Document your Code

I was told this week the code doesn’t need documentation because the developers are good at naming things. So I thought it was time to revisit what kind of documentation should be included in code.

Code Comments

There are 2 common objections to code comments

  1. They are not very useful because the code tells us what the program does
  2. They are often wrong because the code changes but not the comments

This is just the talk of lazy “low effort” developers. I think the agile manifesto “working software over comprehensive documentation” has done more harm than good.

Well written comments are invaluable. I’ve never come across an outdated comment that threw me off in a way that I couldn’t just delete it. 🤷‍♂️

Here are some examples of code comments I find useful

1. Adding context that is not in the code

This code was written because a behaviour in macOS.

// On macOS it's common to re-create a window in the app when the
// dock icon is clicked and there are no other windows open.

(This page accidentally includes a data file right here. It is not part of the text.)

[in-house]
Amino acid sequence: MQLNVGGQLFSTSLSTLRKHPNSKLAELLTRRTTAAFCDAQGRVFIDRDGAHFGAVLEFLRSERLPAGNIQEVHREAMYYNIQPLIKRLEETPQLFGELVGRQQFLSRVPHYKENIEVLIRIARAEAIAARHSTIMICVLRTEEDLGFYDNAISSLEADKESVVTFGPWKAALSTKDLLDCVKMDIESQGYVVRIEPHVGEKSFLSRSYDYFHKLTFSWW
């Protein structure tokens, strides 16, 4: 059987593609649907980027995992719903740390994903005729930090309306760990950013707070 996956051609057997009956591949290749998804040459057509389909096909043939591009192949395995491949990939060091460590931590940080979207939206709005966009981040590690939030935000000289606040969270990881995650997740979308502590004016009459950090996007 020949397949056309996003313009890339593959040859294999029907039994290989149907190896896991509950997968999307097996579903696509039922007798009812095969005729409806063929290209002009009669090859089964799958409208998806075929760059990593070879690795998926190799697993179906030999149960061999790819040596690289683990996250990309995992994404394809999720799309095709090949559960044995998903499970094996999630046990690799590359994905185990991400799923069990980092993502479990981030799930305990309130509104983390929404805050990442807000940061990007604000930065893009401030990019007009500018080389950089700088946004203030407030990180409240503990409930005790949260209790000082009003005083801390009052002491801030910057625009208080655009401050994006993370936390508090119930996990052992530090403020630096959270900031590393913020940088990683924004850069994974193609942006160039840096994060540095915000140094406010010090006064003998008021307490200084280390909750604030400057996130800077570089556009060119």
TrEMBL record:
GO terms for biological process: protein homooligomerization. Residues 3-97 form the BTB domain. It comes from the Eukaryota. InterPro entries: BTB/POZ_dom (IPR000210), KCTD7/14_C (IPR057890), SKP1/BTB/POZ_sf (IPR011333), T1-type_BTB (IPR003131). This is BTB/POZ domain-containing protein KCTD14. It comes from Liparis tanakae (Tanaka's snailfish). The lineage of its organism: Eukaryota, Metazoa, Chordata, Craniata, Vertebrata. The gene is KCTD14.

if (BrowserWindow.getAllWindows().length === 0) createWindow();

2. Adding intention to the code

There are some things that only work in this order.

// This method will be called when Electron has finished
// initialization and is ready to create browser windows.
// Some APIs can only be used after this event occurs.
app.whenReady().then(() => {
  createWindow();
});

3. Rabbit holes you went down and want to warn others of

Warning, here be dragons. 🐉

// THE OBJECT POLYFILL WILL NOT WORK ON THE WEBKIT 1.0.3 PLATFORM
// import "core-js/es/object";

4. Explaining what is going on that the code doesn’t communicate clearly